X vs. X-al adjectives (asymptotic vs asymptotical, etc.)

Right now I am writing a technical report, where I describe asymptotic(al) curves, expansions etc. My understanding after a bit of web browsing is that asymptotic and asymptotical are near-synonymous but the former is much more common (please correct me if I am wrong), so I will replace all instances of asymptotical by asymptotic. Is … Read more

Why can “dispute” be both verb and noun, but “refute” only a verb?

The word dispute be used as a verb or a noun: Do not dispute me on this. The dispute was settled quickly. However, the word refute can be used only as a verb: I shall refute this claim. The only way to use it as a noun is to add the suffix ‑tation: That was … Read more

Is “fiddle” a frequentative form, and if so, of what?

Having recently learned about frequentative forms, I began to wonder, is fiddle a frequentative form? I’ve seen the suggestion that -le in this case was a pre-English formation, but the meaning “to touch or handle something in a nervous way,” as well as some of the others (such as playing a violin) have a distinctly … Read more

Adjective of low-toxicity

Is there an adjective for low-toxicity, or can it be used as an adjective itself? It sounds strange to say, for example, materials that are low-toxicity. Answer Low-toxic is the adjective of low-toxicity. If you were asking whether there is a separate word for low-toxic, I am quite sure there is not because there is … Read more

What would the adjectival form of “Earl” (the title) be?

Is there even one? I know the adjective for "Duke" would be "ducal" ("of, like or relating to a Duke or dukedom"). But I can’t find a good version of the word for an Earl. Any thoughts? Sorry if this is not the appropriate venue for this question, but thought I would give it a … Read more

Phonetic differences between ɑ and ɒ in English and American pronunciation standards

First, I should state I’m a native U.K. English speaker from the West Midlands. With 44 Phonemes present in English, I’m having trouble deciding when I should use ɑ and ɒ, from this website we can an example for ɑ with father. Both American and British pronounce this the same I believe. But on Collins … Read more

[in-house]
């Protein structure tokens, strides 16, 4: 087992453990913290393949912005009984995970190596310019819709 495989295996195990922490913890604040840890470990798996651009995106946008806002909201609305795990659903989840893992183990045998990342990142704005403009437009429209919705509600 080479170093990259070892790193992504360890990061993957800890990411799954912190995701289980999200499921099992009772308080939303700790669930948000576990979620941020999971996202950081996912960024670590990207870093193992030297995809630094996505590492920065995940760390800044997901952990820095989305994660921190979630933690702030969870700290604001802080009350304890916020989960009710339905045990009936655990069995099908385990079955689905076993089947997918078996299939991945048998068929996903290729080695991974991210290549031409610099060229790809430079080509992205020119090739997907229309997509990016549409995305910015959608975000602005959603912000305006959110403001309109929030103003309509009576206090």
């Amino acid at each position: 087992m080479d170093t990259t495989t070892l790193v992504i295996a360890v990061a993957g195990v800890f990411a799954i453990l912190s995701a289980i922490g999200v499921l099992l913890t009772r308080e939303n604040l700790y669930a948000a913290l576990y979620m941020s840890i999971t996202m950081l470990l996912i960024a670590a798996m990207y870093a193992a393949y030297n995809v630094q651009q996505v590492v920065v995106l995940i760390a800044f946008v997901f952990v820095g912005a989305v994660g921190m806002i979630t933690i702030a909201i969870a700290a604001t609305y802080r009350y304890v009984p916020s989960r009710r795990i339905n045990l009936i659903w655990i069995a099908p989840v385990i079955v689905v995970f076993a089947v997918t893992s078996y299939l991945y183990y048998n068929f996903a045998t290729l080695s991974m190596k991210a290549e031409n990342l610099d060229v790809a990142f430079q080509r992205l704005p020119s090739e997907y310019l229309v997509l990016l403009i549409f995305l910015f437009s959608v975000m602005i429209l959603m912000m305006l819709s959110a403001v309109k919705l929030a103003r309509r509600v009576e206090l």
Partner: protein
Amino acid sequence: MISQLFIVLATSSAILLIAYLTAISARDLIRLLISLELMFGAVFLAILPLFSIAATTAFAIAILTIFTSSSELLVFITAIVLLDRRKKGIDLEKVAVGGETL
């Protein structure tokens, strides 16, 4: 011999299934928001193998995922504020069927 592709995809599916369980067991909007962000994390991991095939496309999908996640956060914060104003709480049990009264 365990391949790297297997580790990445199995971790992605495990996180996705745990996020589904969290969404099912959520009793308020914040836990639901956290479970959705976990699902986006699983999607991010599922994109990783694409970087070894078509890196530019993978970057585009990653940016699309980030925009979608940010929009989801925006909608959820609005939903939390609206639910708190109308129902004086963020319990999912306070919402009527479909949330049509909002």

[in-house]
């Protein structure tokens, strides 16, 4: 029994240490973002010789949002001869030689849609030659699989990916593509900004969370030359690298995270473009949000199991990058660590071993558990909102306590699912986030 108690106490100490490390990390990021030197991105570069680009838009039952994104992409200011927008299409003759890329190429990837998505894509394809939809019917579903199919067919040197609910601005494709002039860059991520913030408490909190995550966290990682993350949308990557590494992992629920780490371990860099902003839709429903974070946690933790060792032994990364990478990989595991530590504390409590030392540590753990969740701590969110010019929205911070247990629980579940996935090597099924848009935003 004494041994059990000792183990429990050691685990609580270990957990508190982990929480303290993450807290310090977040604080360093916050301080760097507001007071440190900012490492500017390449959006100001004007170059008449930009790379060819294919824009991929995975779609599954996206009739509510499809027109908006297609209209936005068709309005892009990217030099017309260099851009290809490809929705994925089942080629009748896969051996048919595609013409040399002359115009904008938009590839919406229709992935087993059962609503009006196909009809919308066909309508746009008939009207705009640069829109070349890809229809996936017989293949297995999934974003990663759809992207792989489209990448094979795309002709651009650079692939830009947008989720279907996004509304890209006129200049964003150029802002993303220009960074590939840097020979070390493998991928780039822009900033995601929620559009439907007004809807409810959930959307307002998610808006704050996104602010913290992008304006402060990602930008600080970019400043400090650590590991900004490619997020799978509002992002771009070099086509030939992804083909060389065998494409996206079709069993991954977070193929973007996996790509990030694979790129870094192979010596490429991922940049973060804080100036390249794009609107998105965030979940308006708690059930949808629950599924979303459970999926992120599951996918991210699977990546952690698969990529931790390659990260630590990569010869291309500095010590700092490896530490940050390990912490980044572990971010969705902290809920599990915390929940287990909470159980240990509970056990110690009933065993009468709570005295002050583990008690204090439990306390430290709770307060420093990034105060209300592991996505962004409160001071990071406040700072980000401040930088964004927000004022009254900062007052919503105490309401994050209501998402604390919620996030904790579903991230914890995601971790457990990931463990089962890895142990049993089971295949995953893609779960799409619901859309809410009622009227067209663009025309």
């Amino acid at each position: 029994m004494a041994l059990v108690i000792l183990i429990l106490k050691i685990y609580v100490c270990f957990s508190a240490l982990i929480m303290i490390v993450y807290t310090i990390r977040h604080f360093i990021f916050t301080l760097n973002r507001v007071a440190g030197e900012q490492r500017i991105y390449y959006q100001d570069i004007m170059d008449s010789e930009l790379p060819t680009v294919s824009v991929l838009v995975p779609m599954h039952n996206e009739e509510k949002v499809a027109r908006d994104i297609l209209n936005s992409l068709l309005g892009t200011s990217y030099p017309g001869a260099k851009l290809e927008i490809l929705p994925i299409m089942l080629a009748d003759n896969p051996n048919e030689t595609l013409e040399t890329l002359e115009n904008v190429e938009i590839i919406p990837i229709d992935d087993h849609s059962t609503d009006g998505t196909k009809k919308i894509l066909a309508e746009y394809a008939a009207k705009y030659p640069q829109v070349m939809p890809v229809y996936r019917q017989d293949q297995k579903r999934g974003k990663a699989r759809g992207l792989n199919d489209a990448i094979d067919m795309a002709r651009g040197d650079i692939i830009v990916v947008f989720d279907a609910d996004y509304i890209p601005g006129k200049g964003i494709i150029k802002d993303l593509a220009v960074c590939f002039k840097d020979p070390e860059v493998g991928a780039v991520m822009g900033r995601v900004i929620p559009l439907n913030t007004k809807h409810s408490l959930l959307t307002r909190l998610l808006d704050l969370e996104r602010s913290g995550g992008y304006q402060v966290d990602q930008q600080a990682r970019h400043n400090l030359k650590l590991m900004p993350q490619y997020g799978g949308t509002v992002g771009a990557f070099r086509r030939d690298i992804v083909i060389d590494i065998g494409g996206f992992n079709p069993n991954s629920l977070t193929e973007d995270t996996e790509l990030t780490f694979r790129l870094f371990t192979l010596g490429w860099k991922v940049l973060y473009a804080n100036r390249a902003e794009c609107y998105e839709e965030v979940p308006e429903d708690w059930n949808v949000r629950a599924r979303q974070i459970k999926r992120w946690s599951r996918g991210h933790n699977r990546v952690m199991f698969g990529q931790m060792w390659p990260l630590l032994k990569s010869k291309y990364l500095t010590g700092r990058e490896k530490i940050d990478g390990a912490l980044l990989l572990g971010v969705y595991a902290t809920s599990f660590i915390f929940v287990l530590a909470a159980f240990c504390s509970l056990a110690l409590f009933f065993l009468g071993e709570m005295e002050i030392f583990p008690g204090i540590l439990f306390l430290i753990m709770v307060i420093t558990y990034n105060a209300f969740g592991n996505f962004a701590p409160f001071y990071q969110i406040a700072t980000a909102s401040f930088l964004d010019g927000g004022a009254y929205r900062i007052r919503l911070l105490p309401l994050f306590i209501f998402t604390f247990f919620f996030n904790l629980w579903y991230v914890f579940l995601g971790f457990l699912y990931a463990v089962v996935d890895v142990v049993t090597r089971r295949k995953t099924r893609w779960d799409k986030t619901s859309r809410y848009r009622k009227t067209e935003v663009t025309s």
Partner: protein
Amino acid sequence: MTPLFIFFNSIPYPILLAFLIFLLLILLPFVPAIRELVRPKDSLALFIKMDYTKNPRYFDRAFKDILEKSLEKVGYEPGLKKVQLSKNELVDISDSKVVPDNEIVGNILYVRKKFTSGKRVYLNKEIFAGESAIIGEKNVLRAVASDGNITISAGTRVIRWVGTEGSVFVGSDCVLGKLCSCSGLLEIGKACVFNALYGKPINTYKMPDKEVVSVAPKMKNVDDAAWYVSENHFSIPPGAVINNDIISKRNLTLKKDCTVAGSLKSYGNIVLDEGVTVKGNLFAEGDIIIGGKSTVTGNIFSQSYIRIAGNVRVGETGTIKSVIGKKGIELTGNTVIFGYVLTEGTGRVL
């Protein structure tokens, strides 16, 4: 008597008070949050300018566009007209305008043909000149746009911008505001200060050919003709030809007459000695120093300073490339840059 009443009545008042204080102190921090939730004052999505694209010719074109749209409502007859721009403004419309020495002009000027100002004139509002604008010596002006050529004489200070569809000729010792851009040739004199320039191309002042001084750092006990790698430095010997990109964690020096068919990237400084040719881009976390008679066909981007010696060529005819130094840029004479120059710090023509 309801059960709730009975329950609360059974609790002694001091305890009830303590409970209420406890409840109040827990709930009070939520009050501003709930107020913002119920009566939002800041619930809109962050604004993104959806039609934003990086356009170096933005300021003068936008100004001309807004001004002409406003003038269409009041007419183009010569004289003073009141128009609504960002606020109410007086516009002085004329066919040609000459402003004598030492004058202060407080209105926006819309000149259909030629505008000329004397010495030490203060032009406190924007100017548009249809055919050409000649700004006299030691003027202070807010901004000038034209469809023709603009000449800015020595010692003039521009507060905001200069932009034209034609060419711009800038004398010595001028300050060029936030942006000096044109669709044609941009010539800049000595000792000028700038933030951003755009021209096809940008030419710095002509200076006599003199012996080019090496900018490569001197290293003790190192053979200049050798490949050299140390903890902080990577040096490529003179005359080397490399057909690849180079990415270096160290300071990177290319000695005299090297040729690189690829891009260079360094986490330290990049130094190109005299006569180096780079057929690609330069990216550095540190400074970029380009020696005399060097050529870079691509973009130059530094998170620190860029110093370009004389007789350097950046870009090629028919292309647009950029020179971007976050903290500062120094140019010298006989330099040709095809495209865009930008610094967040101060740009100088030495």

Why are dictionary transcriptions contradictory for the phonetic representation of oranges?

I am a native U.K. speaker with a strong Midlands dialect, and I am very aware of other dialects and regional accents from around the world of English speakers, and I really enjoy this. I am a data scientist, with a strong interest in natural language processing, and I have a problem with the phonetic … Read more

How do you split “cities” into morphemes?

Would it be “cit/ies” or “citie/s”? I’m just starting morphology and I got confused about it. Answer The plural noun cities may be divided into two morphemes: cit(y) – free morpheme (also known as the root word) -ies – bound morpheme (also identified as a suffix) This type of morphological process is inflectional because there … Read more

correct interpretation/understanding of this sentence

I have the following 2 sentences: 1- I did not see any other classmates, except/but Michael. 2- I did not see any classmates, except/but Michael For the first sentence can we understand that the word other converts the expression in inclusive meaning that Michael is a classmate too? For the second sentence, since the word … Read more

Is multifunctionality an actual word?

After checking a few dictionaries like https://www.dictionary.com, I noticed that the only form of this word they recognize is the adjective form: multifunctional. The only noun form listed is "functionality." However in most spellchecking applications, no error is thrown when I type "multifunctionality." I tried investigating further and found that "multifunctionality" can have industry specific … Read more